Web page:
Daily Digest - January 9: Celebrating the War on Poverty's Successes

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Materially Richer Today Than 50 Years Ago (The Kudlow Report)

Roosevelt Institute Fellow Mike Konczal discusses the War on Poverty on CNBC, where he focuses on some of its successes. Mike says that War on Poverty programs have drastically reduced poverty among children and the elderly, which should be celebrated.

A Dismal New Year for the Global Economy (The Guardian)

Roosevelt Institute Senior Fellow Joseph Stiglitz says that despite a few signs of economic improvement around the world, we should still be concerned about the ways that market economies across the globe are failing to create opportunity for most citizens.

Obama to Name 5 'Promise Zones' for Assistance (USA Today)

David Jackson reports on the creation of "Promise Zones," troubled neighborhoods that will receive targeted assistance to improve education, housing, and public safety. The plan involves working with government and businesses to attack poverty on a local level.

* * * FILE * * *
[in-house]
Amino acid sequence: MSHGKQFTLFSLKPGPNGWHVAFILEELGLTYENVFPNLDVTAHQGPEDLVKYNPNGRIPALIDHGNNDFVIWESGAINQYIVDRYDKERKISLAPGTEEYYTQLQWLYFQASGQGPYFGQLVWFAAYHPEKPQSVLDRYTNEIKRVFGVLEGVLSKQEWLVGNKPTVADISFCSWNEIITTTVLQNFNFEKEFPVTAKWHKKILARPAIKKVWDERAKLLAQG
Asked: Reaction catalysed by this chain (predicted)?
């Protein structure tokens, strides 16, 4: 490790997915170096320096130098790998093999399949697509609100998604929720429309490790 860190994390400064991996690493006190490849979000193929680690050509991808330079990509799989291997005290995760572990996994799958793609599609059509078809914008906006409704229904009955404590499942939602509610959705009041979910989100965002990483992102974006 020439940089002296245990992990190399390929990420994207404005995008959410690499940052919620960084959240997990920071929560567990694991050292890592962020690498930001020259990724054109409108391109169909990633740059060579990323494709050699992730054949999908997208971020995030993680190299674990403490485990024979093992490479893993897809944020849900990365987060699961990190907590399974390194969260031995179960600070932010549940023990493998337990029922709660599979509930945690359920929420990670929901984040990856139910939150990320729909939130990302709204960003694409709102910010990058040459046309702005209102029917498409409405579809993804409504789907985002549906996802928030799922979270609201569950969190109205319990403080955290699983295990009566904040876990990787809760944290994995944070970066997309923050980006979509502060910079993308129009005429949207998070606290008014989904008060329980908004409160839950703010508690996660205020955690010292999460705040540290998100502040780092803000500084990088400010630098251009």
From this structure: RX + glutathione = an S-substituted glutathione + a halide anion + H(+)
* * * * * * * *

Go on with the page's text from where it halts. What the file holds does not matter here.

Connecticut Sick-Leave Law Has Little Impact on Employers: Study (WSJ)

Joseph de Avila looks at a study from the Center for Economic and Policy Research examining the effects of the CT law, which was the first paid-sick leave measure in the U.S. Preliminary findings show that only 10% of employers had payroll costs increase by 3% or more.

Rauner Wants to Roll Back Minimum Wage (NBC Chicago)

Mark W. Anderson writes that Bruce Rauner, the Republican candidate for Governor in Illinois, thinks that the state's $9.25 per hour minimum wage isn't "competitive." While many politicians are discussing raising minimum wages, he wants to return Illinois's to $7.25.

Investors Are Chastened. That’s A Good Thing. (ProPublica)

Jesse Eisinger says that the lack of enthusiasm for the stock market's record highs are a sign that the public has learned not to trust the stock market as a measure of the economy's success. Instead, it's a reminder that the recovery hasn't reached most Americans.

Warren, Coburn Push for Increased Transparency on Settlements (The Nation)

George Zornick reports on a new bill from Senators Warren and Coburn that would require federal agencies to provide full disclosures of how much corporations are actually paying in fines. Corporations write off large amounts in their taxes, and the Senators think the public should know how much.